What makes climate change so challenging to analyze is that:

  1. We can no longer rely on historical market data as an input since financial markets have never experienced climate change
  2. Scenario analysis (i.e., stress-tests) typically show instantaneous portfolio impacts; the impacts of climate change will play out over years and decades

Enhancing the tools and techniques used to think about and analyze the “hazard” of climate change should be high on the agenda for long-term investors.

A Multi-period Solution?

According to the 2021 article, “Entrenched risk-management practices will yield to climate trends,” (He and Leatherman 2021) the industry needs to evolve to make better use of projections. This involves replacing historical price changes, and assumptions of stability, with views appropriate to the investment horizon and are not static over time. (i.e., Scenario Analysis with multi-period (time-varying) inputs).

In our previous article, we illustrated how multi-horizon risk measures should be more heavily used by long-term investors. The same techniques can be applied to evaluating the impact of climate scenarios on a portfolio. In addition to capital market assumptions for return and risk, another input to consider is the price impact of NGFSv2 climate scenarios from Planetrics.

Measuring the Hazard

We prototyped a novel approach during FactSet’s 2022 Hackathon. Comparing a portfolio with and without the impact of a Divergent Net Zero Scenario gives an objective view of the Hazard element of climate change on an equally weighted portfolio. The shaded area in Figure 1 shows the expected investment impact of a Divergent Net Zero Scenario forecasted until 2050.


Figure 1 Source: FactSet & Planetrics

Better measurement of the potential impact of climate change can help drive the outrage and therefore the risk perception, leading to more action.

Why Multi-period?

The benefit of a multi-period scenario approach relative to the more traditional instantaneous stress-test is that to many investors, the journey is as important as the end result. While an instantaneous stress test of the above comparison will yield the same ending portfolio results, multi-period analysis can yield much richer information that can be used to create a better investment strategy.



Figure 2 Source: Planetrics


Better measurement and understanding of the impact of climate change (the hazard) has the possibility to impact the levels of outrage and ultimately public perceptions and responses to stem climate change. Holders of the world’s capital have a crucial part to play in the fight against climate change.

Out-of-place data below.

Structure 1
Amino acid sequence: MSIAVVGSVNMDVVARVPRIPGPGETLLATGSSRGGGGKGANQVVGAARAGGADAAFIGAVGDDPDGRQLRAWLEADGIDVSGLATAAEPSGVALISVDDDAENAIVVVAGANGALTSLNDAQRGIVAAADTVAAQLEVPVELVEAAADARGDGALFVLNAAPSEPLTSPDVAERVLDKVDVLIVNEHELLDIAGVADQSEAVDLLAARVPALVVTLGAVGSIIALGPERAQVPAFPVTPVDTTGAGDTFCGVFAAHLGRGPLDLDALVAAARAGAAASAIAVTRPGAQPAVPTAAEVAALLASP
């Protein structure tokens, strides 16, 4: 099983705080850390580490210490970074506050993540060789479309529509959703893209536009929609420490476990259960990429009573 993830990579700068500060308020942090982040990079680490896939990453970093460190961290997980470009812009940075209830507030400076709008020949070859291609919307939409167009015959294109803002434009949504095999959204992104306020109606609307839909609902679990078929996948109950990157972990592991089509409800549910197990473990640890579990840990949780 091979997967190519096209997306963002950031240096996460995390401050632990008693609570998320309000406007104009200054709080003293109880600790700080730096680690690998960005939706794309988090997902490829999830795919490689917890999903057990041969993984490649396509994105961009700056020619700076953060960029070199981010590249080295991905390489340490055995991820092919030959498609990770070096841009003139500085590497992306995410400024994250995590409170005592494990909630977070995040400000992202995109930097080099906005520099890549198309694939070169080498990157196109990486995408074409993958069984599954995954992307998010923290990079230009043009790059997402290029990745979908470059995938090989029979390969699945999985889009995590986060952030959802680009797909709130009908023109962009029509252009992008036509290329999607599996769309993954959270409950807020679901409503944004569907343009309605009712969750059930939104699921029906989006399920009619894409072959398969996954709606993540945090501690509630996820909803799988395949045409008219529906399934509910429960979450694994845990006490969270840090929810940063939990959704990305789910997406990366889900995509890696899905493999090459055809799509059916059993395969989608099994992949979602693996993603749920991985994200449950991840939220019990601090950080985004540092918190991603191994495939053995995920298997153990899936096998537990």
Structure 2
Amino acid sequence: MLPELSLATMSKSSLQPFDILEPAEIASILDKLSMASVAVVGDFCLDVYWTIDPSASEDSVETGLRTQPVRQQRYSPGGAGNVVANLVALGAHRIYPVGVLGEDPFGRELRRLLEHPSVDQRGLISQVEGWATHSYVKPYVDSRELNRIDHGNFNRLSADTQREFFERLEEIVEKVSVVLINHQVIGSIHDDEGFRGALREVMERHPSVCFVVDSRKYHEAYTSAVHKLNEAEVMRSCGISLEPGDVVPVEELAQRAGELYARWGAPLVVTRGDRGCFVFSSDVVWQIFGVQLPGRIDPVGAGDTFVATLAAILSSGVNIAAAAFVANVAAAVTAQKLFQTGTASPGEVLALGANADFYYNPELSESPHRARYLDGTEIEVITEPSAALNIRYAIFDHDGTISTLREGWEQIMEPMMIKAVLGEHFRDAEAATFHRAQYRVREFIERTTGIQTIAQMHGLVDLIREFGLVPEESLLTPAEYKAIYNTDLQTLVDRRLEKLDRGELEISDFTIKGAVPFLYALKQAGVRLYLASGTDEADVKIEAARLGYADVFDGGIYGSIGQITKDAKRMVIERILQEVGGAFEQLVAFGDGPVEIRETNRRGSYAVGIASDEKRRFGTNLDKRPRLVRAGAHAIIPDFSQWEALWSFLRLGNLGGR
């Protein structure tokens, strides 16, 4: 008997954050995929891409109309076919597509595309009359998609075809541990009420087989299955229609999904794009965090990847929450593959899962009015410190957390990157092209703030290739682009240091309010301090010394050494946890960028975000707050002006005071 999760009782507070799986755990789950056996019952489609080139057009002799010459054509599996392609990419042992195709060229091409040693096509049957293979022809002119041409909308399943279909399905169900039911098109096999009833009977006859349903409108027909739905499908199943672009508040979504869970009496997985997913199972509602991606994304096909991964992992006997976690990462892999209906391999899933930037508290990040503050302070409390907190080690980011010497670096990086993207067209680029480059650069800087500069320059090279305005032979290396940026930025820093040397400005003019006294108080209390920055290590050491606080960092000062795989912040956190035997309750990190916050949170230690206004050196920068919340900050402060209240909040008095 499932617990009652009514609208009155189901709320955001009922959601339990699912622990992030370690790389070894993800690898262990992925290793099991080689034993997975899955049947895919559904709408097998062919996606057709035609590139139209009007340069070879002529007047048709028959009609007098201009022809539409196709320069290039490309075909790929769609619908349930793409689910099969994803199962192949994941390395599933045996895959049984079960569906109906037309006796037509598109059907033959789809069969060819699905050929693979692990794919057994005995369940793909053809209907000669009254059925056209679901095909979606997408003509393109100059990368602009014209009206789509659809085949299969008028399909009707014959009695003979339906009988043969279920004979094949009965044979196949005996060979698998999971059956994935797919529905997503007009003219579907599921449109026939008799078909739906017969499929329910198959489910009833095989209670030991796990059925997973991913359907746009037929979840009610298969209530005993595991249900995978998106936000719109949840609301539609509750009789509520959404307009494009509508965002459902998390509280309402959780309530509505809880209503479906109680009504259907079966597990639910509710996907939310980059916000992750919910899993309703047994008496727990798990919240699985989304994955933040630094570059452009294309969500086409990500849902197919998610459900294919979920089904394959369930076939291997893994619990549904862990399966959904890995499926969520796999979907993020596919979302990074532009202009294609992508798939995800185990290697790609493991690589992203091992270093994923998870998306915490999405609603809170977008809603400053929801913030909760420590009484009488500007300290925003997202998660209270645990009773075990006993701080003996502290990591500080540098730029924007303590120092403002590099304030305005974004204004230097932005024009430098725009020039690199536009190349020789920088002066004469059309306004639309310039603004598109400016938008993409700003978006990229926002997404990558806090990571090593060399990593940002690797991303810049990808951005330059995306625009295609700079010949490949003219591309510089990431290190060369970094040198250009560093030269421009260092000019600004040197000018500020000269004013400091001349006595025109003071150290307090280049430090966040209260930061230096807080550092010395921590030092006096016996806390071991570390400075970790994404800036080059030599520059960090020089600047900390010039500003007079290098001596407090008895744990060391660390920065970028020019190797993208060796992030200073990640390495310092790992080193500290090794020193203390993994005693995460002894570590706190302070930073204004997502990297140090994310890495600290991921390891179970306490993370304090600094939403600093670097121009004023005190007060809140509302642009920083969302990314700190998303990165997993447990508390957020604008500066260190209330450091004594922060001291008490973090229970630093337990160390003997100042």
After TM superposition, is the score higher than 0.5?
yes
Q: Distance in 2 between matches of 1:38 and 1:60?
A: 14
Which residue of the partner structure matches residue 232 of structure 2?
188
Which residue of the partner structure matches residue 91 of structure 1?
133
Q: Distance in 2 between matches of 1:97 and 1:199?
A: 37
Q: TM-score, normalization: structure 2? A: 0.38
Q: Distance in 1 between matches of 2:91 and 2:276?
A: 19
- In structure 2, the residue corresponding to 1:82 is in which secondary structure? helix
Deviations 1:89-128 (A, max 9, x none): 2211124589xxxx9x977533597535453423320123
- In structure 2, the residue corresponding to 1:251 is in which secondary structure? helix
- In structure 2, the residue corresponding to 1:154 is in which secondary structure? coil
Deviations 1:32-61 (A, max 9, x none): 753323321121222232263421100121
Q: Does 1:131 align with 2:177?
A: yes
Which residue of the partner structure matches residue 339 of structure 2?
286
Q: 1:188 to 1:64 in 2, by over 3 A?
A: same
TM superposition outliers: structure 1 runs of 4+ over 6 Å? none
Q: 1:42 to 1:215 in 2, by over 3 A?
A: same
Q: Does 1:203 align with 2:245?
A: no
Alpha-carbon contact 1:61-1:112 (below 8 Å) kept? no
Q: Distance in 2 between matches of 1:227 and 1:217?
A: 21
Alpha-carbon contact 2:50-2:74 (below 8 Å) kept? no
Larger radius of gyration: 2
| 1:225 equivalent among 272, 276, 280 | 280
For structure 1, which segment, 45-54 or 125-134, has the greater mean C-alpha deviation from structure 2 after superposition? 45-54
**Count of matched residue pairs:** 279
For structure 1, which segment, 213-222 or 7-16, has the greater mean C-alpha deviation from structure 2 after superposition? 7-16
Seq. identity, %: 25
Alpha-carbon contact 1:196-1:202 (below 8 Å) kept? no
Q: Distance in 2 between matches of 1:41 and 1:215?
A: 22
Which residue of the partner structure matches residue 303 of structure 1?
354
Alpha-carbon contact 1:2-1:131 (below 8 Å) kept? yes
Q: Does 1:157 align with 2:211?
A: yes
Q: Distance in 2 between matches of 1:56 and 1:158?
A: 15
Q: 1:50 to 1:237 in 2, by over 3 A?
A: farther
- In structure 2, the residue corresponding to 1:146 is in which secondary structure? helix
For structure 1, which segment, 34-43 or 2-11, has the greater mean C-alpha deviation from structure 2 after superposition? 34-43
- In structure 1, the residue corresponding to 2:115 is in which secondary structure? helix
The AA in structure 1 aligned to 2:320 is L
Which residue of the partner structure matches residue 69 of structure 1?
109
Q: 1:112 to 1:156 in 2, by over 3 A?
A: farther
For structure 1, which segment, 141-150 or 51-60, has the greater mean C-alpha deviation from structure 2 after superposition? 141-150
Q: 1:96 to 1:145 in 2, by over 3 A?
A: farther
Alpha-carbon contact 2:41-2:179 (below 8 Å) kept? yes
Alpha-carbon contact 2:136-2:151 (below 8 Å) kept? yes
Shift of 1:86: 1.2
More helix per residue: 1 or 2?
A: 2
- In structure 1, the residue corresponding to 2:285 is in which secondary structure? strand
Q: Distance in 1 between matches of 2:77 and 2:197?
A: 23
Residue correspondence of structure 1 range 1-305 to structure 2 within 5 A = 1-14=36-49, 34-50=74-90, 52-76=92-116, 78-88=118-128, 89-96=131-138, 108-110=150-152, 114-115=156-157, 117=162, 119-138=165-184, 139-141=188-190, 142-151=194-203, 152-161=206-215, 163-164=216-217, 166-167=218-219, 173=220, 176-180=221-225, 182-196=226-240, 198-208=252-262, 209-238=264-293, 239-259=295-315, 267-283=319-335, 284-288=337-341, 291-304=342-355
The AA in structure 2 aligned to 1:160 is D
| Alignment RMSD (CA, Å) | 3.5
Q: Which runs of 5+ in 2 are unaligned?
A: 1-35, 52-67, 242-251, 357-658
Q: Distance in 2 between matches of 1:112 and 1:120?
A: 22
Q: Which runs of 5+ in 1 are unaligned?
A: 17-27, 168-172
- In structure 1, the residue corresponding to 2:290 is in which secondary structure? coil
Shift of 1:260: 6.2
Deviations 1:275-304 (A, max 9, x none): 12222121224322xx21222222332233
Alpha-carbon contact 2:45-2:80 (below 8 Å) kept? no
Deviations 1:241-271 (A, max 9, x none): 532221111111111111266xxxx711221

Here are links to previous articles in the series: 

 With thanks to Hackathon teammates: Todor Bilarev, Matthew Ko, and Stoil Yanchev

This blog post has been written by a third-party contributor and does not necessarily reflect the opinion of FactSet Research Systems Inc. FactSet makes no guarantees as to the accurateness, quality or completeness of the information and will not be responsible for any errors, omissions, or inaccuracies of the information or for any reader’s reliance on the information.



Multi-Period Portfolio Optimization

Chen Sui, CFA

Principal Product Manager, Analytics and Trading Solutions

Mr. Chen Sui is a Principal Product Manager for Analytics and Trading Solutions at FactSet. In this role, he is focuses on helping clients adopt long-term investment behavior through the adoption of ideas and practices best suited to long-term investors. He has over 15 years of experience working with analytics clients across the globe and a wide variety of buy-side institutions such as traditional institutional asset managers, asset owners, hedge funds, and wealth management firms. Prior, he spent time in performance, risk, project, and client-servicing teams at Wilshire Associates, JP Morgan, and CQS. Mr. Sui earned a master’s degree in Mathematical Finance from the University of York and is a CFA charterholder.


The information contained in this article is not investment advice. FactSet does not endorse or recommend any investments and assumes no liability for any consequence relating directly or indirectly to any action or inaction taken based on the information contained in this article.